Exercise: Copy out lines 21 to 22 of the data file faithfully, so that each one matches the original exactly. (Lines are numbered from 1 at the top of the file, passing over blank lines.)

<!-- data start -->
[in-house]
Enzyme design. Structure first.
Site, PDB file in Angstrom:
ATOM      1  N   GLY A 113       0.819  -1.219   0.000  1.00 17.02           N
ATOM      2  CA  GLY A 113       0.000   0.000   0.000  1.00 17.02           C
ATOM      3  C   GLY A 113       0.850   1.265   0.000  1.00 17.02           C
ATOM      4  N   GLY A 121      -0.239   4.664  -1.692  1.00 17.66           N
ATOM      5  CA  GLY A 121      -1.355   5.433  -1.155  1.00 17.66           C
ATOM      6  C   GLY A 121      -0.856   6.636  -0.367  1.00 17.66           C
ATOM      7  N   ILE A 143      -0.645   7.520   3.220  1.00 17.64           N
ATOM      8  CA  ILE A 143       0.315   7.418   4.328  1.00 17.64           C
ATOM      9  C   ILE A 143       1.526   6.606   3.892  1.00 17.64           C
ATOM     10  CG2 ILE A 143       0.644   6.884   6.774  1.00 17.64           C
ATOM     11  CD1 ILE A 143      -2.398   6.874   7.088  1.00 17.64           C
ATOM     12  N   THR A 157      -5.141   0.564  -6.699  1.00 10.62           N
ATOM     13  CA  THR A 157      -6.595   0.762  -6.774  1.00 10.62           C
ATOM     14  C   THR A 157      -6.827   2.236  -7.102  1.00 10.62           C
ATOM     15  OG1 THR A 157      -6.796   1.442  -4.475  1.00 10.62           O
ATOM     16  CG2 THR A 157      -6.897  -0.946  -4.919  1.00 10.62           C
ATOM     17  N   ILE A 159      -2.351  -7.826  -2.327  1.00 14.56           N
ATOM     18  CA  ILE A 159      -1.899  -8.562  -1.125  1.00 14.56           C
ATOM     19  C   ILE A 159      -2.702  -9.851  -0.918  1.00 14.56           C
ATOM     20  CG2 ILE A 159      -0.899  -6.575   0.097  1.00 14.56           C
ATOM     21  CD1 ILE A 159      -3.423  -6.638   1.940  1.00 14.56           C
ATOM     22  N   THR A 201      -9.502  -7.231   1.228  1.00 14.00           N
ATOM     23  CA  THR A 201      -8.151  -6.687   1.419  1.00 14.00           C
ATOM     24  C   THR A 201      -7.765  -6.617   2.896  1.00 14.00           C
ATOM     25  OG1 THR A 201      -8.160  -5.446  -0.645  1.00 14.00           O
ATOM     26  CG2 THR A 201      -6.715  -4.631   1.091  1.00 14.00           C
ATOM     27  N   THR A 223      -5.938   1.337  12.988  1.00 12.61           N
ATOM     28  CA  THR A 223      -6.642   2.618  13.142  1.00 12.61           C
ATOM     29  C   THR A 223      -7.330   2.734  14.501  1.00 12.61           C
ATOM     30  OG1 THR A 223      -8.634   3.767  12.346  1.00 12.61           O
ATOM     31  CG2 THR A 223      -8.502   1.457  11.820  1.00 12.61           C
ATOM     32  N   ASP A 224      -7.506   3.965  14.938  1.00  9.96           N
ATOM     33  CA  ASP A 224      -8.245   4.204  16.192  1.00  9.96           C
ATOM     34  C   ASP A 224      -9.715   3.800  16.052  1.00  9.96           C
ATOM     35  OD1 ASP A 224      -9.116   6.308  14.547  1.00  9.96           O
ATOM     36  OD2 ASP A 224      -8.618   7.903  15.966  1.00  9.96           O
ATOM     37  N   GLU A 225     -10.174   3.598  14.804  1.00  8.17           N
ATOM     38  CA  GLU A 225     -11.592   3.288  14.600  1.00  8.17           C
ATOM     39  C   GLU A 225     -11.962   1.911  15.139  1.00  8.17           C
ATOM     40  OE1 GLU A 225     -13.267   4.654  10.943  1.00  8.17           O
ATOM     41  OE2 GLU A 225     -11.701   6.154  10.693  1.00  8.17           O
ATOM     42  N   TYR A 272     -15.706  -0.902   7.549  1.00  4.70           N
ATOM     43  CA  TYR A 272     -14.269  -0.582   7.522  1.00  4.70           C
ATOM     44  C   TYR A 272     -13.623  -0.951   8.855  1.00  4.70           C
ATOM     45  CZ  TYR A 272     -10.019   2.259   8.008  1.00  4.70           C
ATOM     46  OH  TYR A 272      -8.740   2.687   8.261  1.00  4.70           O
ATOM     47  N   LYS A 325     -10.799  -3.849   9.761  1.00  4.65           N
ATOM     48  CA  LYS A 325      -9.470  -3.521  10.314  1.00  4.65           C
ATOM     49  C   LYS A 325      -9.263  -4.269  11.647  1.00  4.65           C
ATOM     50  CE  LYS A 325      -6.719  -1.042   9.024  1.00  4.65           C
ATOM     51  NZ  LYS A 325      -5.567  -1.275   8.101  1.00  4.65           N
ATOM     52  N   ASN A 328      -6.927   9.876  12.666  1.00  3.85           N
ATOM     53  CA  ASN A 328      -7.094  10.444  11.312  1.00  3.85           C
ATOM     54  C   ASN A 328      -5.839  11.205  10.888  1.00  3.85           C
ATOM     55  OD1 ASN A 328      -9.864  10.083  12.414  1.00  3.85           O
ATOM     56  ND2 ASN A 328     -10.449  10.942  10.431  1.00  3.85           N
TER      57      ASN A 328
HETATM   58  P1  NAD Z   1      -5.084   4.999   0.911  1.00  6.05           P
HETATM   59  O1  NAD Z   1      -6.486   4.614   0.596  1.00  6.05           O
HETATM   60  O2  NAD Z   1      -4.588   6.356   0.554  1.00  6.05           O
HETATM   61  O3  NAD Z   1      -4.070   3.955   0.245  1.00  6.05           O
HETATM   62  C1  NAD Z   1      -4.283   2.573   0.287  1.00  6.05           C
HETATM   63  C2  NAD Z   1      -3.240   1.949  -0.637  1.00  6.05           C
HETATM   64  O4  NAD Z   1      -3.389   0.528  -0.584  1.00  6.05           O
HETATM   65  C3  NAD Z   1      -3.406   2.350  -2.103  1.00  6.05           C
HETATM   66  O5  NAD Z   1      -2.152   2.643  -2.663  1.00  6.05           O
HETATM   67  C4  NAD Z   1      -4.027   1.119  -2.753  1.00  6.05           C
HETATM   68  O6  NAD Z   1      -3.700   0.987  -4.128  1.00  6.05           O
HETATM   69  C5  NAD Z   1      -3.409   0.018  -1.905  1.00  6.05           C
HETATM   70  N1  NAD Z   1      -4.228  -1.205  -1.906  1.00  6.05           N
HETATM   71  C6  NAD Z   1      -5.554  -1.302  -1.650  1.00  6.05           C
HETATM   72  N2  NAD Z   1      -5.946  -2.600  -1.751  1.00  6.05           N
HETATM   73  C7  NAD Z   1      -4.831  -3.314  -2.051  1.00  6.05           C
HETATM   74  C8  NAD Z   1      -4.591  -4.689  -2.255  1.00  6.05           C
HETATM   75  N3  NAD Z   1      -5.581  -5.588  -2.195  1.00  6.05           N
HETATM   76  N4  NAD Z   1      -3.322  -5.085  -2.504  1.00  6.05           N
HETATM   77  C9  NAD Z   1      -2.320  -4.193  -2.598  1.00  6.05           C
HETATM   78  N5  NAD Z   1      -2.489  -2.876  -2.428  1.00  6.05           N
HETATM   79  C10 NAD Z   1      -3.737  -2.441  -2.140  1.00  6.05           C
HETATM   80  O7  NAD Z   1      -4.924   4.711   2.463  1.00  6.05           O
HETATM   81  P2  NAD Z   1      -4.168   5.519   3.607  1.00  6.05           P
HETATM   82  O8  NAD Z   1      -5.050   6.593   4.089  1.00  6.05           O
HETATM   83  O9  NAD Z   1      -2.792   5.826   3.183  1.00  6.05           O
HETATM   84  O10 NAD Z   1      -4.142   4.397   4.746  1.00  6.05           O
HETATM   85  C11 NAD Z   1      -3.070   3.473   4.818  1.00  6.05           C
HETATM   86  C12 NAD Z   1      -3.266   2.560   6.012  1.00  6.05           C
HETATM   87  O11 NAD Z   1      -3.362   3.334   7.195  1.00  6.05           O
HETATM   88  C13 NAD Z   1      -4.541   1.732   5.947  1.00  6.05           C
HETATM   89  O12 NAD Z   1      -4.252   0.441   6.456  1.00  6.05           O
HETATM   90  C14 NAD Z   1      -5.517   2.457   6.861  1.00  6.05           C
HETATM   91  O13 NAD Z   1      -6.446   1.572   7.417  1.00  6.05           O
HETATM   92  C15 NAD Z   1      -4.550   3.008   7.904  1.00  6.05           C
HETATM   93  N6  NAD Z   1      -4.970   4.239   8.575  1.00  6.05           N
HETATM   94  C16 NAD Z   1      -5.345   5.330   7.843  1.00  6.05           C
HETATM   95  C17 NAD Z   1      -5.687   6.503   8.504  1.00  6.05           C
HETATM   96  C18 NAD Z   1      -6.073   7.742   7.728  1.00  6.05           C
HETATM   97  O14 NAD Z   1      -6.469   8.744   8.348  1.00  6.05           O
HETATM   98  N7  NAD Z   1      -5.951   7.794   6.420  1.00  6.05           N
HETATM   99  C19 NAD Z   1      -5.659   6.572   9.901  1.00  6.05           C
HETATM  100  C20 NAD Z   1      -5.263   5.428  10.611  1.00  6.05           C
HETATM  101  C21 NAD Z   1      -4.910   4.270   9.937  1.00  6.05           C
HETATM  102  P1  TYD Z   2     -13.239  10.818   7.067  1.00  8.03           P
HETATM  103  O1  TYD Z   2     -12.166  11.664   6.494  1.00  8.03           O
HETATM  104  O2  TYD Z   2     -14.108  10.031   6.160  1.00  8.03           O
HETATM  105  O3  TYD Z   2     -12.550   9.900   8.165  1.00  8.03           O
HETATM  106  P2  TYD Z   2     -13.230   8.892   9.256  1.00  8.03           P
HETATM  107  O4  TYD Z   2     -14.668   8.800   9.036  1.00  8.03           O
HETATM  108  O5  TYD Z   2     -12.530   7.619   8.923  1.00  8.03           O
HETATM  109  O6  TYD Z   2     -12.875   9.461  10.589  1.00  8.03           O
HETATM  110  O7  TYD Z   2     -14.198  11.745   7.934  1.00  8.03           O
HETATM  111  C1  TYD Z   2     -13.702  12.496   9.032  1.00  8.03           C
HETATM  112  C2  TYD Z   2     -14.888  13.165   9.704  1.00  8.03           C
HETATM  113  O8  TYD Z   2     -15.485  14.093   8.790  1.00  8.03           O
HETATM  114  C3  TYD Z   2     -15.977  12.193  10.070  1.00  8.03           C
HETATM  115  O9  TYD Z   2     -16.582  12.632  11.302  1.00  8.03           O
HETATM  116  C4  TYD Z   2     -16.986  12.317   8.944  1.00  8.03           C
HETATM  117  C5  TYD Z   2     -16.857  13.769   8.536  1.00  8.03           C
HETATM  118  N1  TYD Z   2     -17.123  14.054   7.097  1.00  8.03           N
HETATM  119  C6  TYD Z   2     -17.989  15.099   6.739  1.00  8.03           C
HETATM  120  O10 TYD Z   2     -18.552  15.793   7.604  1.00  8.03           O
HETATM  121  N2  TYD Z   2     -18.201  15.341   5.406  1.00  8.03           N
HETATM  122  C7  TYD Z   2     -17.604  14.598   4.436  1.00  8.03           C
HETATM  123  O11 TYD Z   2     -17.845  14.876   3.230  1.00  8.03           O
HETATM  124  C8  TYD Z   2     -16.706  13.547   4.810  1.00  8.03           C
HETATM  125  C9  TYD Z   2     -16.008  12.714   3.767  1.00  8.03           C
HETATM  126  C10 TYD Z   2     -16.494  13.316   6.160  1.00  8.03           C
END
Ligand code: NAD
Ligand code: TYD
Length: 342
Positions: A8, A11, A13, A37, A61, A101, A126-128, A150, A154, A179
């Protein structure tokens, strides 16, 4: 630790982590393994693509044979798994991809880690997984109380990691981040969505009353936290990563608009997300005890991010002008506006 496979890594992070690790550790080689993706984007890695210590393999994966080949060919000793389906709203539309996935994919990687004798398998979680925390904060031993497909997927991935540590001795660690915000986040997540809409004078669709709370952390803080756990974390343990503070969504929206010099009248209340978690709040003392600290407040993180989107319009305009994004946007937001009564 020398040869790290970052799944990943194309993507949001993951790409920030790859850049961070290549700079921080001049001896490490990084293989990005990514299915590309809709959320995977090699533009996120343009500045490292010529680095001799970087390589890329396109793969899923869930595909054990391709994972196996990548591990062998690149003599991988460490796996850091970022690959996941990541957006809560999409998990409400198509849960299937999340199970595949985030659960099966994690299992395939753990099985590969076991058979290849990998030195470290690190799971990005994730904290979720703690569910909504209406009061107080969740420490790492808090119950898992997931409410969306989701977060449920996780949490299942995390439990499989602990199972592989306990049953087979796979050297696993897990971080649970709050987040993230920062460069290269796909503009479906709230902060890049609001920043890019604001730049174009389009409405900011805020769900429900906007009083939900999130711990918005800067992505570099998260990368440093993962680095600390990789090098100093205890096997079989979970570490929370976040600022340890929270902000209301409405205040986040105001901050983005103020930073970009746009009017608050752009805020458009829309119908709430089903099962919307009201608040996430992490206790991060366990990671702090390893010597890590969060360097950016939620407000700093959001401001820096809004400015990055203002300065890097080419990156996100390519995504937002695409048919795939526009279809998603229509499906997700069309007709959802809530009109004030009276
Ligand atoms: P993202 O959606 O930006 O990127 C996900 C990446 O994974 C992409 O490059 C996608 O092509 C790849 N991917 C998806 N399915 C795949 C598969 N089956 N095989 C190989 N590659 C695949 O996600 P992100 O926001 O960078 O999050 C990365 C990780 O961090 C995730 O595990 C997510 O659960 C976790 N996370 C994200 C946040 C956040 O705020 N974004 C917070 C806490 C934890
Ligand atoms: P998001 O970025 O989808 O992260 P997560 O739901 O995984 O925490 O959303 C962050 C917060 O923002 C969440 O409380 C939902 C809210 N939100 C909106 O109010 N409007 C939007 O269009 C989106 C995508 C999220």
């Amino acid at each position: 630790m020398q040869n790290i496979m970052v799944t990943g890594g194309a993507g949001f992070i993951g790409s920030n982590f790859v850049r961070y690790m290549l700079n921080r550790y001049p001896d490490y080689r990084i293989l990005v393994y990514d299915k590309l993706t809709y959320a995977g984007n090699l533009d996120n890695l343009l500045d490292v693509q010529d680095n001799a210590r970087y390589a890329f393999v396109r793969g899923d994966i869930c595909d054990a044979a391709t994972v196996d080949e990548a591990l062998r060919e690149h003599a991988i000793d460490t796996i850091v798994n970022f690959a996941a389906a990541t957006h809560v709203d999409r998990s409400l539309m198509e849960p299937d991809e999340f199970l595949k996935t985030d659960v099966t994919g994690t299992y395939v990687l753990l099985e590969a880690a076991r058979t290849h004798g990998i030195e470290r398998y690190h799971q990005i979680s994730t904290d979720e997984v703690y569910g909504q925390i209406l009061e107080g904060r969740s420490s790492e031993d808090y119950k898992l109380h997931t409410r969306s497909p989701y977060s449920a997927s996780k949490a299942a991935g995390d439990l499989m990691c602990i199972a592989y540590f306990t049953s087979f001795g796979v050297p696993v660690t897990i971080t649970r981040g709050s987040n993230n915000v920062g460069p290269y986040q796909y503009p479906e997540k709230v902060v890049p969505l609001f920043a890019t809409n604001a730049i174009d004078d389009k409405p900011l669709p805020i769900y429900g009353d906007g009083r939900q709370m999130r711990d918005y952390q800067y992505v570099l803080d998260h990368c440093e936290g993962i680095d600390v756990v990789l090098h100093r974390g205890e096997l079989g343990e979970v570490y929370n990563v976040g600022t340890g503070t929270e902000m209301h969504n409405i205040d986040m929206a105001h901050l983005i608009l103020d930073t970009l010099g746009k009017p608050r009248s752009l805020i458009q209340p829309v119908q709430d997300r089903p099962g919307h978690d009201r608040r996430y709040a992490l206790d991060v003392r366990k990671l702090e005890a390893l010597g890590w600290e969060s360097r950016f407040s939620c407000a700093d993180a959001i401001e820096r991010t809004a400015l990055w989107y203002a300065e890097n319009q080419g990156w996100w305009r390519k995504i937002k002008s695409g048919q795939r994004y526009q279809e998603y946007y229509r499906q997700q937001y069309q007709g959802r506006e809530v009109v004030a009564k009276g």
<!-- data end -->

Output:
ATOM     18  CA  ILE A 159      -1.899  -8.562  -1.125  1.00 14.56           C
ATOM     19  C   ILE A 159      -2.702  -9.851  -0.918  1.00 14.56           C